and we again have insensitivity of U to inhomogeneities in the area per somatic cell.


In this paper, we demonstrated that universal cellular packing geometries are an inevitable consequence of noisy multicellular assembly. We measured the distribution of Voronoi polytope sizes in both nascent and extant multicellular organisms, and showed that they are consistent with the k-gamma distribution, which arises via maximum entropy considerations. Using simulations, we demonstrated that k-gamma distributions arise in many different growth morphologies, and do so requiring only a relatively small amount of structural randomness. Further, we showed that the distribution of cell neighborhood sizes can be used to distinguish the effects of randomness from the effects of developmental patterning. Finally, we demonstrated that consistent packing statistics can lead to highly reproducible, and thus heritable, multicellular traits, such as group size in snowflake yeast. Altogether, these results indicate that entropic cell packing is a general organizing feature of multicellularity, applying to multicellular organisms with varying growth morphologies, connection topologies, and dimensionalities.

One of the strengths of the packing-based maximum entropy framework employed here is its simplicity. We have demonstrated that the distribution of cell neighborhood sizes can be predicted with high accuracy, in many different multicellular morphologies, from only the first two moments of the distribution. Deviations from maximum entropy predictions therefore encode important information about additional correlations that can arise via a variety of sources, such as developmental regulation or interactions with the environment. These additional correlations could be explored via, for example, higher order structures to the maximum entropy model (Schneidman et al., 2003). Relatedly, it would be interesting to extend our analysis to include topological information, which has recently been applied to theoretical and experimental systems (Skinner et al., 2021; Jeckel et al., 2021). Developing methods to incorporate these higher-order effects may prove especially useful when assessing the importance of random fluctuations in organisms with structures more complex than those studied here.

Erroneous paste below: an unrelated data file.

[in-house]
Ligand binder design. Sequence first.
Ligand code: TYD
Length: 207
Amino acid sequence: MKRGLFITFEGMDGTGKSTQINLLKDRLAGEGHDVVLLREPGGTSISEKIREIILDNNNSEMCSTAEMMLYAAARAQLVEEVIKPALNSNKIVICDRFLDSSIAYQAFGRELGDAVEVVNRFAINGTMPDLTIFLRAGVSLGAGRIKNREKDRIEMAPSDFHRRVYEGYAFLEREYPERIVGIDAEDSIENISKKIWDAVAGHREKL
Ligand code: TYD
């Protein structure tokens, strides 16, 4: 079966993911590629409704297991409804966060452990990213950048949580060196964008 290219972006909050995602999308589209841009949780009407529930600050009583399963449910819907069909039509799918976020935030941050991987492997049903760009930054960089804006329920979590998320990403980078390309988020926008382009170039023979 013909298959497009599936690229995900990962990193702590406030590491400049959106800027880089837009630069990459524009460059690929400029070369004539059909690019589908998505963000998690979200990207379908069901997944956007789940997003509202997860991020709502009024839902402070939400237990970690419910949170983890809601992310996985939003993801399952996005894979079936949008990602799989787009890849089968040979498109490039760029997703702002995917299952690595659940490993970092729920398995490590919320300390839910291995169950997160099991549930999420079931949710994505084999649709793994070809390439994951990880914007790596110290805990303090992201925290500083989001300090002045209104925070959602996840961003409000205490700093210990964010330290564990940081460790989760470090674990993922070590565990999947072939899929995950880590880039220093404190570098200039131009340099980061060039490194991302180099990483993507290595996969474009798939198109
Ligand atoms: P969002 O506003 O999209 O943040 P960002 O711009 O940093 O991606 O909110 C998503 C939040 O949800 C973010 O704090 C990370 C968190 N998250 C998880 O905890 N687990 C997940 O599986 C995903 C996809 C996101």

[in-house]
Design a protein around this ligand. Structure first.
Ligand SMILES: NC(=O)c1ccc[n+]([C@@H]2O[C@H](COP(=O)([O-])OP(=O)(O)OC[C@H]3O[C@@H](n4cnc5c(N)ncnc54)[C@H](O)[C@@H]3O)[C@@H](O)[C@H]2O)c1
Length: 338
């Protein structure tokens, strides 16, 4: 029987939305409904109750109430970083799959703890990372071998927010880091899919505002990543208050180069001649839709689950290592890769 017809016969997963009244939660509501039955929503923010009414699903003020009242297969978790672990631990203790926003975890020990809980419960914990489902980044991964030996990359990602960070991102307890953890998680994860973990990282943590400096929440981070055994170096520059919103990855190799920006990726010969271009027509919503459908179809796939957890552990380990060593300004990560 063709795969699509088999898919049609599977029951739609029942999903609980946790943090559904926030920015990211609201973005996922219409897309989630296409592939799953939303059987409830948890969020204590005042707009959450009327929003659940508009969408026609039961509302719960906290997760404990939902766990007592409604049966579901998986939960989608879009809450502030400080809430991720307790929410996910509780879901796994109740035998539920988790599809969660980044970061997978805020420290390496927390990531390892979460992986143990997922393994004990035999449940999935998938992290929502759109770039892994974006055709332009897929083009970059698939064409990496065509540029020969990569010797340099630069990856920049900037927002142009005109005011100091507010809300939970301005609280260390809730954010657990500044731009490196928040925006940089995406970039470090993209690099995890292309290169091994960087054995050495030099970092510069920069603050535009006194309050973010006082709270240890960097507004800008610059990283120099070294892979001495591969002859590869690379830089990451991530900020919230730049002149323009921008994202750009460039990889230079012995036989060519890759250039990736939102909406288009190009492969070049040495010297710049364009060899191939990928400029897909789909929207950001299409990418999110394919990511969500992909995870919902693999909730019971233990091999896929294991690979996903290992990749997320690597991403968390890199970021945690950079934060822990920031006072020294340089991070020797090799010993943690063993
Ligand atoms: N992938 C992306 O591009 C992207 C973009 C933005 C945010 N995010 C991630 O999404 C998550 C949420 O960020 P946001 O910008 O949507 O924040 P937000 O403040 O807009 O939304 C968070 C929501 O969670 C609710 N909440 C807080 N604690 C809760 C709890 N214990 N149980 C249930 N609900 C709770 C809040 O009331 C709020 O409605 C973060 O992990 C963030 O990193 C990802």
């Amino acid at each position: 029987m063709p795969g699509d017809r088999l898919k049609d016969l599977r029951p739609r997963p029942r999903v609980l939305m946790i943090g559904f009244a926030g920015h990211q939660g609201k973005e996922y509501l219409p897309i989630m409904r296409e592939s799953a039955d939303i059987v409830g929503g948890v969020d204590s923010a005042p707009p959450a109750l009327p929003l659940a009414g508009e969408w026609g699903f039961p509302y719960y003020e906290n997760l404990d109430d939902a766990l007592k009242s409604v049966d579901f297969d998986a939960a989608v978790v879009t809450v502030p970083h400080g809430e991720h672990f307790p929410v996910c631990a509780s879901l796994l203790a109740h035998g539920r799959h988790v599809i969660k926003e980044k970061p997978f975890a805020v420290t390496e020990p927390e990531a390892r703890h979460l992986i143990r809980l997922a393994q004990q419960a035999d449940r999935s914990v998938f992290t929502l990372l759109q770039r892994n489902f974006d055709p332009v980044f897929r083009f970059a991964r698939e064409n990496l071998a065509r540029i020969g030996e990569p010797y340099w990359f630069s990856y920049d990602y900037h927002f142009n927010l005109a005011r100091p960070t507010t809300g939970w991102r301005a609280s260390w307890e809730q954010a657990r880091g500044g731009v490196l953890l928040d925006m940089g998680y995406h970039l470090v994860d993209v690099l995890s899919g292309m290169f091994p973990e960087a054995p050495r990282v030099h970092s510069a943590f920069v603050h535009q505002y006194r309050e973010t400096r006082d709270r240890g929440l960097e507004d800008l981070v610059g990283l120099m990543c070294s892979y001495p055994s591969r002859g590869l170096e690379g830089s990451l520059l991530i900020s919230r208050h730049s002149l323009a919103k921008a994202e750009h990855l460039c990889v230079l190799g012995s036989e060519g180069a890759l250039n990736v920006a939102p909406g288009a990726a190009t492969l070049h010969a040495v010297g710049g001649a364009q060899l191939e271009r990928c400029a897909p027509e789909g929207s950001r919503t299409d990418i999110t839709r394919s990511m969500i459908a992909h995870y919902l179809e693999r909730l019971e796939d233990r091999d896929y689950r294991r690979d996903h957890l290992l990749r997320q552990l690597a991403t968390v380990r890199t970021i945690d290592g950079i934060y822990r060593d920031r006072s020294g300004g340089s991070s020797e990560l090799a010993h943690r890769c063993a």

The effect of random noise has been an important area of research in developmental biology (Tsimring, 2014; Lander, 2011). During development, cellular growth, reproduction, differentiation, and patterning combine to form a multicellular organism. Random noise introduced at any stage in this process can result in phenotypic variability, which may affect an organism’s fitness (Waddington, 1957). But while some multicellular traits exhibit high variability, others are tightly conserved, leading to a wide body of research addressing the origin of mechanisms underlying robustness and stability, and the nature of feedback mechanisms that must be present to manage the large number of stochastic fluctuations in gene expression and growth (Gregor et al., 2007; Haas et al., 2018; Hong et al., 2016; Sampathkumar, 2020; Deneke and Di Talia, 2018). In this context, our results demonstrate that random noise can itself lead to highly reproducible multicellular traits such as the cell packing distribution.

Our observation that heritable properties can arise from random processes is reminiscent of the reproducible structures and phenomena generated by random noise in a wide range of physical (Shinbrot and Muzzio, 2001; Manoharan, 2015) and biological systems (Tsimring, 2014; Lander, 2011). While it may be surprising that the distribution of free space in snowflake yeast and Volvox follow the same k-gamma distributions despite the many differences between these organisms, this universality actually extends beyond multicellular organisms to non-living materials, such as those seen in granular materials and foams (Katgert and van Hecke, 2010; Varadan and Solomon, 2002; Aste and Di Matteo, 2008). This broad universality likely arises due to the simple requirements for application of the maximum entropy principle to packing; specifically, there must be a total volume, individual volumes cannot overlap, and volumes must be determined independently (subject to the total volume constraint). It is thus important to note that entropic packing is not necessarily adaptive; it can readily emerge as a consequence of random cellular reproduction or interactions. While entropic packing statistics may produce advantages in some cases, they could be neutral or detrimental in others.